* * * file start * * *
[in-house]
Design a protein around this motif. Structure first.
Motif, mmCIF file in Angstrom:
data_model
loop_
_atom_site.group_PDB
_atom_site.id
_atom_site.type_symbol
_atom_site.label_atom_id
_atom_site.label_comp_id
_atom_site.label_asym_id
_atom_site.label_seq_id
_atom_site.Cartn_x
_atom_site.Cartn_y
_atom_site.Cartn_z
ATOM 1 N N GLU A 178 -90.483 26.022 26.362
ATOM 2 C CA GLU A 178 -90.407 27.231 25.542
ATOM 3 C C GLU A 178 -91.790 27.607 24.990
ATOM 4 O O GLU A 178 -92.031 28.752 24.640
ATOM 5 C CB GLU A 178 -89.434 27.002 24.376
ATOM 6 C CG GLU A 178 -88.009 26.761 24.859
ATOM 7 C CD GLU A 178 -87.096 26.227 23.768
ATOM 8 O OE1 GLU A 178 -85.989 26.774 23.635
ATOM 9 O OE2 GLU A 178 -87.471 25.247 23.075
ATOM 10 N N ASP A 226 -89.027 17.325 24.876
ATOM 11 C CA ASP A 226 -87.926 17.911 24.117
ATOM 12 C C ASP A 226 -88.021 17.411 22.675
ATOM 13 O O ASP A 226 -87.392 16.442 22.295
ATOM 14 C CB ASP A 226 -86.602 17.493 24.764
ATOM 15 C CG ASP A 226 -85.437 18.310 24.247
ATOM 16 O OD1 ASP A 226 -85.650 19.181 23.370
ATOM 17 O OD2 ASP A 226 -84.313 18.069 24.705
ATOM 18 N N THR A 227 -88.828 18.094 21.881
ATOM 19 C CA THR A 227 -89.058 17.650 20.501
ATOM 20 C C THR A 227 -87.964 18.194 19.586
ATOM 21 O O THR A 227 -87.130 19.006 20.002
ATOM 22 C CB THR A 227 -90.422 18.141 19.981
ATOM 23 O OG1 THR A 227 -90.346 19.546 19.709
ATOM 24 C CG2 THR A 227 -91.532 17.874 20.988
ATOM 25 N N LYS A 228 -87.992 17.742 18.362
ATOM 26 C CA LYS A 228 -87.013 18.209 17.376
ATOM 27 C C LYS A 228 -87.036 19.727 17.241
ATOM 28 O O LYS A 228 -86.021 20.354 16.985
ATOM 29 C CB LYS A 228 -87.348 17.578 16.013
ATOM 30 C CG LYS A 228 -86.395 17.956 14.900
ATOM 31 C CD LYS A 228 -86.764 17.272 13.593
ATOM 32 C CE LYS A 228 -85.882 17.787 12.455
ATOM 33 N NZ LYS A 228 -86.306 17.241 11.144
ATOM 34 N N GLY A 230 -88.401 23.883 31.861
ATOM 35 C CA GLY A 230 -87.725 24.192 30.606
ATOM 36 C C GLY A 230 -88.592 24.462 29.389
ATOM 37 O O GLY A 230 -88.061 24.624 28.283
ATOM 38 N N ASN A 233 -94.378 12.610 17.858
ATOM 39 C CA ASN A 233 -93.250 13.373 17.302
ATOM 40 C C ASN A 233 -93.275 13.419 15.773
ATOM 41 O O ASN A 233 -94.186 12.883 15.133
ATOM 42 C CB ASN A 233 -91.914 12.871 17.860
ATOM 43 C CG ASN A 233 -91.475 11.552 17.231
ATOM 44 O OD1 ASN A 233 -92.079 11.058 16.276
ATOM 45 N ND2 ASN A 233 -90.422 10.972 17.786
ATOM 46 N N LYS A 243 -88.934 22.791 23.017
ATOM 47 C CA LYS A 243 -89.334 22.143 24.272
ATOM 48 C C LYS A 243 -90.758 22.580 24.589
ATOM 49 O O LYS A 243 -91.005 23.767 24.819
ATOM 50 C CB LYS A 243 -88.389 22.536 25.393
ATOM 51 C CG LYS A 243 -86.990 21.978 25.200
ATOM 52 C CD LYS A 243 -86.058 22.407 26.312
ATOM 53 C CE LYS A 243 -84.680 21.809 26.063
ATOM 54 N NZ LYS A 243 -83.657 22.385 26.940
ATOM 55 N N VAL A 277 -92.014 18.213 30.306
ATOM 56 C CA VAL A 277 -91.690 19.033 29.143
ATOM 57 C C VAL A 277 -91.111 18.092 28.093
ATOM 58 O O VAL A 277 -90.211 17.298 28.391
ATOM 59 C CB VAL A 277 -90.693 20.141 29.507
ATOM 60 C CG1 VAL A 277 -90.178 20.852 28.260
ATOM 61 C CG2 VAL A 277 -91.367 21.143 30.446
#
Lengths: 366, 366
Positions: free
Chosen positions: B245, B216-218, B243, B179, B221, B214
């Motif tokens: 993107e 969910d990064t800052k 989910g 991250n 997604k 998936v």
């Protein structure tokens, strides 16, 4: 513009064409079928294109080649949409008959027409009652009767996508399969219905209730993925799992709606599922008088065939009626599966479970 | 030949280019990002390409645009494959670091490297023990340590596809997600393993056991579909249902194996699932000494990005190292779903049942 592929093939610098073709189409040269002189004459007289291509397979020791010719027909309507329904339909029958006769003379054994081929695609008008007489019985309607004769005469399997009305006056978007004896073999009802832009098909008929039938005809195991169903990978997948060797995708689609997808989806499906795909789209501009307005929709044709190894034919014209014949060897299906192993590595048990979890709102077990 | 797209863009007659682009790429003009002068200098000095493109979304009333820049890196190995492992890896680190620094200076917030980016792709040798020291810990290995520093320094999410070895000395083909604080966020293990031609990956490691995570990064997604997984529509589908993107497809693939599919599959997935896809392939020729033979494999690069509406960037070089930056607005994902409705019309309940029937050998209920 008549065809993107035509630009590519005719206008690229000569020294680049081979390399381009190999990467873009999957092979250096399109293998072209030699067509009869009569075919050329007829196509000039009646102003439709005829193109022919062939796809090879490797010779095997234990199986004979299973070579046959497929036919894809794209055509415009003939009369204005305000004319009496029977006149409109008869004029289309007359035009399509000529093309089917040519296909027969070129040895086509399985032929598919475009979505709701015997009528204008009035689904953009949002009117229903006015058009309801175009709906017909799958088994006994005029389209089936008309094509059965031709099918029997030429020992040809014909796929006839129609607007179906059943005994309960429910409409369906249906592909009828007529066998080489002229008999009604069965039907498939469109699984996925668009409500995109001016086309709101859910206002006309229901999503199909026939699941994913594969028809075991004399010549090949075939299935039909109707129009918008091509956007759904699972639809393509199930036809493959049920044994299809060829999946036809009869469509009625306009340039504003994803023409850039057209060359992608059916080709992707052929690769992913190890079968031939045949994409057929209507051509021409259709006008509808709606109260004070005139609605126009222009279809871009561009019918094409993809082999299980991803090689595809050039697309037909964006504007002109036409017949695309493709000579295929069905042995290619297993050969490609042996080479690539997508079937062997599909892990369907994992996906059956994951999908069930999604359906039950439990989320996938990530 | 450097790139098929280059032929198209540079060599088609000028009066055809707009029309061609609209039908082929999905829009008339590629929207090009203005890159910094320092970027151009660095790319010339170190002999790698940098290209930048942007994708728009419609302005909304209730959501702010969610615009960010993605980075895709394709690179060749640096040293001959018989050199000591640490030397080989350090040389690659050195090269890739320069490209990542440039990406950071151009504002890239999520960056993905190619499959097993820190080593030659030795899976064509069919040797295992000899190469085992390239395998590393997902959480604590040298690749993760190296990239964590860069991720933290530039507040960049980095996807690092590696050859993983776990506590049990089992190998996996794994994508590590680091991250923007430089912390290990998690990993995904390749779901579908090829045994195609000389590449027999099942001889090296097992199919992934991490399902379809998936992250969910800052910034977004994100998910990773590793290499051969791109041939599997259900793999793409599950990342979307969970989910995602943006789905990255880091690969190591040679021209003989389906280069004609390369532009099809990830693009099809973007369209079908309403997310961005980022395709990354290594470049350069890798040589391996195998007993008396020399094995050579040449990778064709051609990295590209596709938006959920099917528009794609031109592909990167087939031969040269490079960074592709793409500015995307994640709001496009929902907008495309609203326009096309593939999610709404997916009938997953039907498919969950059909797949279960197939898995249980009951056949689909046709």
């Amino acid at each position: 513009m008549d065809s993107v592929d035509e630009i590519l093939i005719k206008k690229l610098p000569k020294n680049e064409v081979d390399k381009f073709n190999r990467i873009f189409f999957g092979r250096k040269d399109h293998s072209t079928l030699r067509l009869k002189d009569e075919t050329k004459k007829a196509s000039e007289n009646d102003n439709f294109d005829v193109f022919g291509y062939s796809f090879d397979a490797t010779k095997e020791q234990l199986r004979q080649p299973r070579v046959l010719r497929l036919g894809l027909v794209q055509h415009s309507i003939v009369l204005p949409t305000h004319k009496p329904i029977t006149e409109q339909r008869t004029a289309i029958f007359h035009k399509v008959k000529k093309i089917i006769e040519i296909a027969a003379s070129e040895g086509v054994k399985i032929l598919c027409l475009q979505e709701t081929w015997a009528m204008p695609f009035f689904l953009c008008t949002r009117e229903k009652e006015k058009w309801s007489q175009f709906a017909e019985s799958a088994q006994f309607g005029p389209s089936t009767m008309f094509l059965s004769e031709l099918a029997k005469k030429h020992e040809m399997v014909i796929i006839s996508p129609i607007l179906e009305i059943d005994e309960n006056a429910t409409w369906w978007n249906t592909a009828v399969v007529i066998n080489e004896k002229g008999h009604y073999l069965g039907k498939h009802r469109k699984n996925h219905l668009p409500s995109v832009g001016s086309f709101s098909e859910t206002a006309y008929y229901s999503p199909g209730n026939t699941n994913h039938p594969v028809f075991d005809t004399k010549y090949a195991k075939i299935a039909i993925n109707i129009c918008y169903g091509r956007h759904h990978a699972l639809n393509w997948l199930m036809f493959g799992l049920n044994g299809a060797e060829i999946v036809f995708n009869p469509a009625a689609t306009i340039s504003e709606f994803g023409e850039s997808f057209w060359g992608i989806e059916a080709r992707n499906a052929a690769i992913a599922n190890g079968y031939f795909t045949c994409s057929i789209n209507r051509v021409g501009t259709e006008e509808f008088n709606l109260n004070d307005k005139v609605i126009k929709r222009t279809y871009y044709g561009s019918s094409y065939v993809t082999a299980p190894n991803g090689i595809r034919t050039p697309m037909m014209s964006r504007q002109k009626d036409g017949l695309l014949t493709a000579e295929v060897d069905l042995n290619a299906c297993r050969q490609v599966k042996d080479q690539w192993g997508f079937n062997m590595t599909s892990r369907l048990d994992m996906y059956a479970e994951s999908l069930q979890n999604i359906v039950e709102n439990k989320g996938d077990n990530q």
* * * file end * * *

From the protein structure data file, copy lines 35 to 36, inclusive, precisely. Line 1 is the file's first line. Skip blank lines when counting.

ATOM 20 C C THR A 227 -87.964 18.194 19.586
ATOM 21 O O THR A 227 -87.130 19.006 20.002